Overnight gold trading saw prices stabilize near $880 and the metal enjoyed some mild bargain-hunting from physical demand channels whose patience has been rewarded with prices almost 10% lower than one month ago. Indian buyers remained on the cautious side, awaiting still lower values before they set out shopping for the upcoming April/May auspicious wedding period. In the interim, Turkish demand practically fell through the floor of Istanbul's bazaars as the country imported is lowest ever amount of bullion last month. Six hundred and seventy five kilos. Closer to two thousand kilos of scrap made it into the market on the other hand. Says something about price perceptions, yes?
New York spot gold opened with only a $4.00 gain after five days of losses and was quoted at $888.80 per ounce as players remained on dollar-watch but also as they awaited to learn the contents of Mr. Bernanke's testimony before the US Congress later this morning. Just a few minutes prior to the open, the gains had been more on the order of $10 per ounce. Overnight tests of $895 were -thus far- just that: recon flares. A raft of economic data was also slated to come into the picture over the next 48 hours and depending on what the numbers reveal, the bulls may attempt a push back to higher levels as the week closes out. There are no guarantees however, as sentiment has been shaken and stirred across the board in commodities. A quick glance at the Kitco one-year gold chart starts to reveal an image of Mount Everest that is now drawing the right side of the summit. However, just like a Rorschach test, some see only an alpine valley in the picture.
The spectre of deleveraging still looms large above the markets despite bugle calls for the commodity supercycle to continue indefinitely. Thus, the resumption of the trend towards a possible repeat trip to the $845 previous all-time high should not be shelved as improbable. Silver did not fare as well, showing a 10 cent loss to $16.76 (what shortage?) while platinum rose $24 to $1946 after GM and Toyota expressed confidence in an auto sales rebound on the heels of a double-digit drop in same during March. Good time to buy that hybrid and ditch the SUV. Palladium was quoted at $439.00 per ounce, unchanged. As we went to 'press' (the send button) the US dollar was mixed and was indicated at 72.54 on the index ( a small gain), while crude oil gained 38 cents to $101.36 per barrel.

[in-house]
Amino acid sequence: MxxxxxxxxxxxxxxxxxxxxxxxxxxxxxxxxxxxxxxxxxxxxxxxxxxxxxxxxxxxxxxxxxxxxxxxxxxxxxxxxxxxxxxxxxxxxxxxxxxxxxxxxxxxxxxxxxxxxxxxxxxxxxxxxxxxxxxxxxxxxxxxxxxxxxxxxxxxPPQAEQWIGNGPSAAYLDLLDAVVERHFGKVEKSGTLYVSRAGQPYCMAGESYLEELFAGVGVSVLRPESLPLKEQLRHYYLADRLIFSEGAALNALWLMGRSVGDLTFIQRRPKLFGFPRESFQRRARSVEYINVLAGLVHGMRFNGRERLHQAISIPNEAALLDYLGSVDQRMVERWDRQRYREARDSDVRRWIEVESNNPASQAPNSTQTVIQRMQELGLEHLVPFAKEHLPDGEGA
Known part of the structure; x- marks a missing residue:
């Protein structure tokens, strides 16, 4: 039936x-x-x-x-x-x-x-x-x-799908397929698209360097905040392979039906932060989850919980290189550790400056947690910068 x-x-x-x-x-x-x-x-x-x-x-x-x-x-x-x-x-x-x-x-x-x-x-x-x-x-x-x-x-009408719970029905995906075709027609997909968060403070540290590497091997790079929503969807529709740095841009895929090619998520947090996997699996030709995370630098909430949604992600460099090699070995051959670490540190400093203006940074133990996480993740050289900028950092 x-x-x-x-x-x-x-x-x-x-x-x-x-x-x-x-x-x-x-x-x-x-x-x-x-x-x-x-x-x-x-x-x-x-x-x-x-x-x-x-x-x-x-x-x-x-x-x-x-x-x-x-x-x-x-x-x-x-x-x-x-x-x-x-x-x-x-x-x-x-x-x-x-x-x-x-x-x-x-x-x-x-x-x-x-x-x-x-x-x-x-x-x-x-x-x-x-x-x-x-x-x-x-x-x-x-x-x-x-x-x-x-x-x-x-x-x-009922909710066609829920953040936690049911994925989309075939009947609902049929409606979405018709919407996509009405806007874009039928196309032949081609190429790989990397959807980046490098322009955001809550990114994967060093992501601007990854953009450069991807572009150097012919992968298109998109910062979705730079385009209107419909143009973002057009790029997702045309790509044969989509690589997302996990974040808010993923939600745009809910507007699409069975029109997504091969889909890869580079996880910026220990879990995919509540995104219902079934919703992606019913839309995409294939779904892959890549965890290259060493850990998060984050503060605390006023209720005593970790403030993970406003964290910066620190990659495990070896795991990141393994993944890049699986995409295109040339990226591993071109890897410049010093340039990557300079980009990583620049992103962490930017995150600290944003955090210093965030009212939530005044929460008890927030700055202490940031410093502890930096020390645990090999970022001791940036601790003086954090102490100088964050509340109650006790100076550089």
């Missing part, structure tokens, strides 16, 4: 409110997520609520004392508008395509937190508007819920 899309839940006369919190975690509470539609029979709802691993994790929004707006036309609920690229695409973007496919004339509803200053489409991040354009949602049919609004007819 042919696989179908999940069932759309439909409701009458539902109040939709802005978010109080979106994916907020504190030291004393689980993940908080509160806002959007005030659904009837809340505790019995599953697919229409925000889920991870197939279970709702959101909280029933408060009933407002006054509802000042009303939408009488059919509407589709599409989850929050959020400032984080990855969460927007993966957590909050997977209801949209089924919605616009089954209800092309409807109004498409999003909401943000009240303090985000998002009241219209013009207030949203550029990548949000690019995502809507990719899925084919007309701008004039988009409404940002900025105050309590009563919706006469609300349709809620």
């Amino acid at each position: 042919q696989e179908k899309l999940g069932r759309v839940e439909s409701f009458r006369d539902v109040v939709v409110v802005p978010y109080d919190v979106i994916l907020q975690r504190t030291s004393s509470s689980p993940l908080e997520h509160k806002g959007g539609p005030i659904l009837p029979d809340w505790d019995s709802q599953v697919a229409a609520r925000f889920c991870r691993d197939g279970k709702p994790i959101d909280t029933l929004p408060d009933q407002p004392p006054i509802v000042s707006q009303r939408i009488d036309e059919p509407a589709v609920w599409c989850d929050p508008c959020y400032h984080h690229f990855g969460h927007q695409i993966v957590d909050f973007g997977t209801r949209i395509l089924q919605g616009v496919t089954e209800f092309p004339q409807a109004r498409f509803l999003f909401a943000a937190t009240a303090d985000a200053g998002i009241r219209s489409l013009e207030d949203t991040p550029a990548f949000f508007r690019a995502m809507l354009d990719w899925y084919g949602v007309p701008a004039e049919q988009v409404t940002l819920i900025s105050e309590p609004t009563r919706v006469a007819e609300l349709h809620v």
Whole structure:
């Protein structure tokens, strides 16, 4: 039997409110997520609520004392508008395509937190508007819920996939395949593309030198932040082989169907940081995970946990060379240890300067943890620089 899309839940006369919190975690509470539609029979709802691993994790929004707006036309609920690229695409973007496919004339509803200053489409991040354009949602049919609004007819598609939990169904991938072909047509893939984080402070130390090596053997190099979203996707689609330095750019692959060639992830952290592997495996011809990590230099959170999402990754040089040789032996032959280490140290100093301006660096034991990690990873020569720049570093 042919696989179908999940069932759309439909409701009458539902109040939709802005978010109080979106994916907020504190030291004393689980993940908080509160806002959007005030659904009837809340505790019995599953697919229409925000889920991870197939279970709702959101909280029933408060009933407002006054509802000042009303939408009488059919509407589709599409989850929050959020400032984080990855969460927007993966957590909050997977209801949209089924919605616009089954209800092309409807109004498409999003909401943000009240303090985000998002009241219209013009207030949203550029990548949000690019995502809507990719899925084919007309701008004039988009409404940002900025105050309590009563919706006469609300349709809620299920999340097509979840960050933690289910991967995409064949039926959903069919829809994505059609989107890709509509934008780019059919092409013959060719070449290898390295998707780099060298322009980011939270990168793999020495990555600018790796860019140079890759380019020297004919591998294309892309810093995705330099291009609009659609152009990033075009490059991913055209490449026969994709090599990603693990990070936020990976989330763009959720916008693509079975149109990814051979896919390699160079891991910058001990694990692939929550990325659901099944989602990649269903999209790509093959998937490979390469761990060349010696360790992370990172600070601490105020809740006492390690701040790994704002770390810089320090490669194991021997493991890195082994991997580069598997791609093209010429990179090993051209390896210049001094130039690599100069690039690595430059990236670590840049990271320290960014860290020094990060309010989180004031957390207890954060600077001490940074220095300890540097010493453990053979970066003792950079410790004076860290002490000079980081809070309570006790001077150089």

In other news, the Sydney Morning Herald reports that:
The International Monetary Fund cut its forecast for global growth this year and said there's a 25% chance of a world recession, citing the worst financial crisis in the US since the Great Depression.
The world economy will expand 3.7% in 2008, the slowest pace since 2002, according to a document titled ``IMF Background Paper on the Update of the Global and Regional Outlook.'' In January, the fund projected growth of 4.1%. The IMF gave a 25% chance that global growth will drop to 3% or less in 2008 and 2009, a pace the fund described as equivalent to a world recession.
The fund lowered its forecast for US economic growth to 0.5% this year, according to the document, below a 1.5% prediction made in January. The world's biggest economy will expand 0.6% in 2009, it said. The euro region will expand 1.3% in 2008, the document said, down from the fund's 1.6% projection in January.
``Growth in the US and Europe is slowing sharply,'' the IMF document said. ``The ECB can now afford some easing of the policy stance.''
The notable conclusions that such slow growth equates a recession and that the Old World cout cut interest rates in a replay of the Bernanke Slash should have commodity traders think long and hard about the demand for 'stuff' as well as the prospects of a stronger dollar against a euro that is 'managed' to lower levels. All of this, still unfolding against less than comfortable levels of inflation in the global system. Tough set of conditions. The G-12 will have their agenda quite full when they meet later this month.
Stay tuned for the Bernanke show and watch the economic statistics in the pipeline. Defensive posturing is still the safest course of short-term action.